[Jeremy]‘s favorite part of the build was enclosing the thing as it was his first time using panel-mount components. Stick around to see a walk-through of the guts and a second video demonstrating its musical prowess.

Continue reading “Sweet Stepper of [Jeremy]‘s Rocks Out with its Box Out”

PS/2 Synth Will Knock You Off Your Broom

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Here’s a hack centered around something a lot of people have sitting around: a PS/2 keyboard. [serdef] turned a Harry Potter-edition PS/2 into a combination synth keyboard and drum machine and has a nice write-up about it on Hackaday.io.

For communication, he tore up a PS/2 to USB cable to get a female mini DIN connector and wired it to the Nano. He’s using a Dreamblaster S1 synth module to generate sounds, and that sits on a synth shield along with the Nano. The synth can be powered from either the USB or a 9-volt.

Keymapping is done with the Teensy PS/2 keyboard library. [serdef] reused a bunch of code from his bicycle drummer project which also employed the Dreamblaster S1. [serdef] is continually adding features to this project, like a pot for resonance control which lets him shape the waveform like an analog synth. He has posted some handy PS/2 integration code, his synth code, and a KiCad schematic. Demo videos are waiting for you across the link.  Continue reading “PS/2 Synth Will Knock You Off Your Broom”

The Hacklet #7 – MIDI

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This week’s Hacklet is all about Hackaday.io projects which use MIDI, or Musical Instrument Digital Interface for the uninitiated. MIDI was designed from the ground up as an open communications standard for musical instruments. Nearly every major instrument company participated in the design of the standard. MIDI was first demonstrated in January of 1983, with the communications standard document following in August. Hackers, makers, and musicians immediately ran with it, using MIDI to do things the designers never dreamed of.

SAMSUNG[Robert's] 9×9 Pixel Muon Detector/Hodoscope  is a great example of this. [Robert] is using 18 Geiger Muller Tubes to detect cosmic particles, specifically muons. The tubes are stacked in two rows which allows him to use coincidence detection. Rather than just plot some graphs or calculate impact probabilities, [Robert] hacked a Korg Nanokey 2 MIDI controller to output MIDI over USB messages corresponding to the detected muons. Check out his video to see a sample of the music of the universe!

 

diyMPCNext up is [Michele's] DIY MPC style MIDI controller. [Michele] needed a simple low-cost drum controller that wouldn’t wake his neighbors. He loved Akai MPC controllers, so he rolled his own. [Michele] investigated force sensitive resistors but found they were very expensive. At a cost of $8 USD each, his resistors alone would be nearly the cost of a low-end MPC!  [Michele] created his own sensitive pads using a sandwich of copper tape and 3M Velostat conductive sheets. An HCF4067 routes all the analog lines to a single pin of Teensy 3.0, which then converts the analog resistor outputs to MIDI messages.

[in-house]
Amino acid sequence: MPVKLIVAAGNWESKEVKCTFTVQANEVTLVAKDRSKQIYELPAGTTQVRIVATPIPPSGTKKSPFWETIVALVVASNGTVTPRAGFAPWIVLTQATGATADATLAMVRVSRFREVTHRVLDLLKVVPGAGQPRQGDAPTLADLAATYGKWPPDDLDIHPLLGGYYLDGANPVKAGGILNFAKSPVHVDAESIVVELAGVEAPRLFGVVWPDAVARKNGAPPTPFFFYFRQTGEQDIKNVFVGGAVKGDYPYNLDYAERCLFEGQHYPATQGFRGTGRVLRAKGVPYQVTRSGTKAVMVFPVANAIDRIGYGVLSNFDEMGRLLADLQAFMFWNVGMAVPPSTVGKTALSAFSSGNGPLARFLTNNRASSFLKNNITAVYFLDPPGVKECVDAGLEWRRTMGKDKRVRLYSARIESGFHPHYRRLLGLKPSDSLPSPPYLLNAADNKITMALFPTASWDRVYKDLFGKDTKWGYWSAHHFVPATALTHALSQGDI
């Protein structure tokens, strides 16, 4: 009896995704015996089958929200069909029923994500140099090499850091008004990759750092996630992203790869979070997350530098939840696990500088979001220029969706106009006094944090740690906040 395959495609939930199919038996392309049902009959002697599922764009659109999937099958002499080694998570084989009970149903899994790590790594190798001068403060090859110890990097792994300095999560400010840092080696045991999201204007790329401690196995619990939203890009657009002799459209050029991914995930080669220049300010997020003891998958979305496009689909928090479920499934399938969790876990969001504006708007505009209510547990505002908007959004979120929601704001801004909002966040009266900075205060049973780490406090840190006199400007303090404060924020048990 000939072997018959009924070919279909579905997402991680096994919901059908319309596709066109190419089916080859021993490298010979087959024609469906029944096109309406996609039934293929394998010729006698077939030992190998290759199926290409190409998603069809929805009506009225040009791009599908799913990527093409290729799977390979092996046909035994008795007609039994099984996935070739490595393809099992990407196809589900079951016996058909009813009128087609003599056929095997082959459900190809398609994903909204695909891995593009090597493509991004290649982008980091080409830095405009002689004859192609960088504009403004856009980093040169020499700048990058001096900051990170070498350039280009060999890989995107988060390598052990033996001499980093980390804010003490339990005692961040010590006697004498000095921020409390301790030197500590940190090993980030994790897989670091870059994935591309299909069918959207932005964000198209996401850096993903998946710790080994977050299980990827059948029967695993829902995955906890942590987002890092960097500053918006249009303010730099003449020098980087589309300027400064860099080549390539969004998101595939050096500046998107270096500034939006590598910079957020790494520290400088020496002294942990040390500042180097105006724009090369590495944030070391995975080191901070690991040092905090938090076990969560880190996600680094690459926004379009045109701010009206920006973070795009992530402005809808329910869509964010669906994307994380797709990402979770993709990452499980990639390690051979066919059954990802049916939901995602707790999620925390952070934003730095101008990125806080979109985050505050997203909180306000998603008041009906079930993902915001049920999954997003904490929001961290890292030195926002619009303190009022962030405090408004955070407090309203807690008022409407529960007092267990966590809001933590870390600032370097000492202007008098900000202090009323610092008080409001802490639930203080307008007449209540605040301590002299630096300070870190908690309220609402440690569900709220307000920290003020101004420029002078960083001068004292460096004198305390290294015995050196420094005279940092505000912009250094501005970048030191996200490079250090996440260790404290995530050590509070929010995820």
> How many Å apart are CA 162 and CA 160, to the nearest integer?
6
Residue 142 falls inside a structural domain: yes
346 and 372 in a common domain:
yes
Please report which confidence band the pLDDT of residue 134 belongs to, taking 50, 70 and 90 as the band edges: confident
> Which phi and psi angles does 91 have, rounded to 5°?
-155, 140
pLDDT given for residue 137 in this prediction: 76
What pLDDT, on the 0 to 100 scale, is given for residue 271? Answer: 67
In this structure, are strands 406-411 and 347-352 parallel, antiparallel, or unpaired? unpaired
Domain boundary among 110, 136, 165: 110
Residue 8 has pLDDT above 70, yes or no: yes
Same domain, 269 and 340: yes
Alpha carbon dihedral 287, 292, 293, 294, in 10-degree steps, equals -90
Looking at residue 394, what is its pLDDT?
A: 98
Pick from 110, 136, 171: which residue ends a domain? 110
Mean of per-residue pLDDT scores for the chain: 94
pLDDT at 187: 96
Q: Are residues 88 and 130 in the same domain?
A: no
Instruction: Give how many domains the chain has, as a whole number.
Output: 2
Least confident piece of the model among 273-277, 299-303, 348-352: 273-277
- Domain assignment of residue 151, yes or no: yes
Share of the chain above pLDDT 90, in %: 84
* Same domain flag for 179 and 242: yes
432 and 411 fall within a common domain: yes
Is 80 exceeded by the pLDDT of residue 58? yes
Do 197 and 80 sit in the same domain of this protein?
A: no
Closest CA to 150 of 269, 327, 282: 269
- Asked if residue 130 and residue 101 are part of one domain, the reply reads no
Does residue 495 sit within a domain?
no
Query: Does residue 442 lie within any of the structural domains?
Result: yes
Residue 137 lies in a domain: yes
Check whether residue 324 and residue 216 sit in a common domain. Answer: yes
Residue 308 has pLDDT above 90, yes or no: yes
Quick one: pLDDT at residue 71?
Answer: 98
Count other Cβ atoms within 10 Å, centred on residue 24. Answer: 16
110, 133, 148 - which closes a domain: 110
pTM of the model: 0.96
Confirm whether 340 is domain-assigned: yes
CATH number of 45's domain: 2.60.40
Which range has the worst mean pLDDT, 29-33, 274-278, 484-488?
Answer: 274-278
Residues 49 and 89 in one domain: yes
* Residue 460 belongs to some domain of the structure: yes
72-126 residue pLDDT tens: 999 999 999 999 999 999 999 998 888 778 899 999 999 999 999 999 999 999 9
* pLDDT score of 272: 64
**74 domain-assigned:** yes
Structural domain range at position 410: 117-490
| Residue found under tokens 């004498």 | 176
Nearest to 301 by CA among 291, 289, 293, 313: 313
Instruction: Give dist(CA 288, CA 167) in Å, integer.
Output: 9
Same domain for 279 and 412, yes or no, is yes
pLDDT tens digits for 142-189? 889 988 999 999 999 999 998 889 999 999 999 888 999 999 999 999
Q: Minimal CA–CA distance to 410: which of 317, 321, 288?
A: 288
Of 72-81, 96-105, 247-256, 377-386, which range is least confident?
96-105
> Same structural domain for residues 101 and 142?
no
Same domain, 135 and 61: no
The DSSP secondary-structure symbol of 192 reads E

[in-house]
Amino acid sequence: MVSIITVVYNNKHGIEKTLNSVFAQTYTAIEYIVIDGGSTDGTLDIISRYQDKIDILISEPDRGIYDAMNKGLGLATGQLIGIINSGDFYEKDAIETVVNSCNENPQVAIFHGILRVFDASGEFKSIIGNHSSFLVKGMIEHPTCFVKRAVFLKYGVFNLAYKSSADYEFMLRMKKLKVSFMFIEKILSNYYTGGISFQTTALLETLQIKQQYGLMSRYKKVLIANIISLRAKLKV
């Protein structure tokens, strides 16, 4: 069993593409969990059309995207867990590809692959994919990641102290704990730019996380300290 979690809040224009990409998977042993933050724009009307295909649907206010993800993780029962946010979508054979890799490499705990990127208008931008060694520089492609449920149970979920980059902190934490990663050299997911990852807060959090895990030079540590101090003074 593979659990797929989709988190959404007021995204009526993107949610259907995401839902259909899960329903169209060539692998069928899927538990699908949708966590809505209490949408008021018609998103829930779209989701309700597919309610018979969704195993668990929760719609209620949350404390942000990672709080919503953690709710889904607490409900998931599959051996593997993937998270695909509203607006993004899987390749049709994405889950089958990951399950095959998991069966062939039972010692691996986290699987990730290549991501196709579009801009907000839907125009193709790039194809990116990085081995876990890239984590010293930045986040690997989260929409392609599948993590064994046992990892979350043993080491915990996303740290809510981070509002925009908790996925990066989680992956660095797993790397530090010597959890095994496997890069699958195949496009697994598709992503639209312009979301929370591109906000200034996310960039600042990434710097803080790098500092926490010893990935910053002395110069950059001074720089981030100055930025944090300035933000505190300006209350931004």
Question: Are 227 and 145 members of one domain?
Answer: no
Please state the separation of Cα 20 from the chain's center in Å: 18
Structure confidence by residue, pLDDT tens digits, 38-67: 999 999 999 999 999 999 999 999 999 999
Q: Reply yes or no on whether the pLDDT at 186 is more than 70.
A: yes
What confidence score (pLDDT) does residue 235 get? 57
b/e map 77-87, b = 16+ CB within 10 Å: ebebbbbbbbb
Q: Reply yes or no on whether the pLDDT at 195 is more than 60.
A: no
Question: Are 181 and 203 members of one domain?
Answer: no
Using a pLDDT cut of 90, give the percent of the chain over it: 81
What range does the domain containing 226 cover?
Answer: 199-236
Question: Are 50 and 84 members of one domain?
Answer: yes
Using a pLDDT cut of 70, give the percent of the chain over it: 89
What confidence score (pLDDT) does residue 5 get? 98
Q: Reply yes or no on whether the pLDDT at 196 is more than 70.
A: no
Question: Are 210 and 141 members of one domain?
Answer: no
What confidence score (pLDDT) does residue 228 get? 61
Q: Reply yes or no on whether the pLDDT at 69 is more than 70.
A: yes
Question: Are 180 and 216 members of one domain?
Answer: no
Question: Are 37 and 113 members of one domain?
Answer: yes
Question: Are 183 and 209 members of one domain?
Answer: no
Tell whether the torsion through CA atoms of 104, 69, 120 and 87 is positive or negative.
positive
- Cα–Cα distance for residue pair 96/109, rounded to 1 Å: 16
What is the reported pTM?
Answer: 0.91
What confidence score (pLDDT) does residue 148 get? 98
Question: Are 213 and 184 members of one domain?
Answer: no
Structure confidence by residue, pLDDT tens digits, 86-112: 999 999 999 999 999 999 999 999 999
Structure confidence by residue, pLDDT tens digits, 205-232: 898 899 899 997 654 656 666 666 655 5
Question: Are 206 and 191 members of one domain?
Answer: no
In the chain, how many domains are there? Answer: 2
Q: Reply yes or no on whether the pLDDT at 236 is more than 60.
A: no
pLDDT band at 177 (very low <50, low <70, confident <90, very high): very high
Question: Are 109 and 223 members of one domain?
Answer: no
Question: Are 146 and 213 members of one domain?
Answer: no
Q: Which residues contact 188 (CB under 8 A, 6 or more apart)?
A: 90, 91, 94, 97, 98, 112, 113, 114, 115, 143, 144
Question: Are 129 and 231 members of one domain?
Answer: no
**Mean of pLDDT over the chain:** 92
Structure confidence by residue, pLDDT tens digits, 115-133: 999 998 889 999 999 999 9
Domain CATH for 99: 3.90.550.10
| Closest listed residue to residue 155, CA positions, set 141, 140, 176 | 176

pic-midi-1vo[Johan] loves his analog synths, and wanted them to be able to talk MIDI too. He built MIDI2VC, a circuit which converts MIDI to 1V/Octave (similar to  CV/Gate). 1V/Octave is an analog control system used in some early synthesizers, as well as many modern analog creations. Pitches are assigned voltages, and as the name implies, each octave is 1 volt. A4 on the keyboard is represented by 4 volts, while A5 is 5 volts. [Johan] used a Microchip PIC16LF1823 to receive and convert the MIDI signals. The PIC outputs I2C data to an MCP4725 DAC which drives the analog side of the house.

eldanceLong before DMX512 came on the scene, hackers were controlling lights via MIDI. [Artis] continues this with El Dance, a wireless system for controlling electroluminescent wire worn by dancers. Similar in function to  [Akiba's] EL wire system, [Artis] took a lower cost route and used the venerable NRF24L01 radio module. He added an antenna which gives the modules a range of about 30 meters. The computer running the dance routine’s music sees the transmitter side of the link as a MIDI instrument. Standard note on and off commands activate the EL wire strings.

midi-vibeOur final hack comes from [Jen] who built a MIDI Vibrator Inductor Synth. [Jen] performs in an experimental music band called My Wife, with instruments as varied as violins and sewing machines. [Jen] must be a fan of Van Halen’s Poundcake as she’s using a similar technique, with a MIDI twist. An Arduino converts MIDI notes to analog values, which are sent to a motor controller board. The motor controller uses PWM to drive a vibrator motor at the frequency of the note being played. Like all DC motors, the vibrator puts out a ton of electromagnetic noise, which is easily picked up by [Jen's] electric bass.

That’s it for this week’s Hacklet! Tune in next week for more projects from Hackday.io!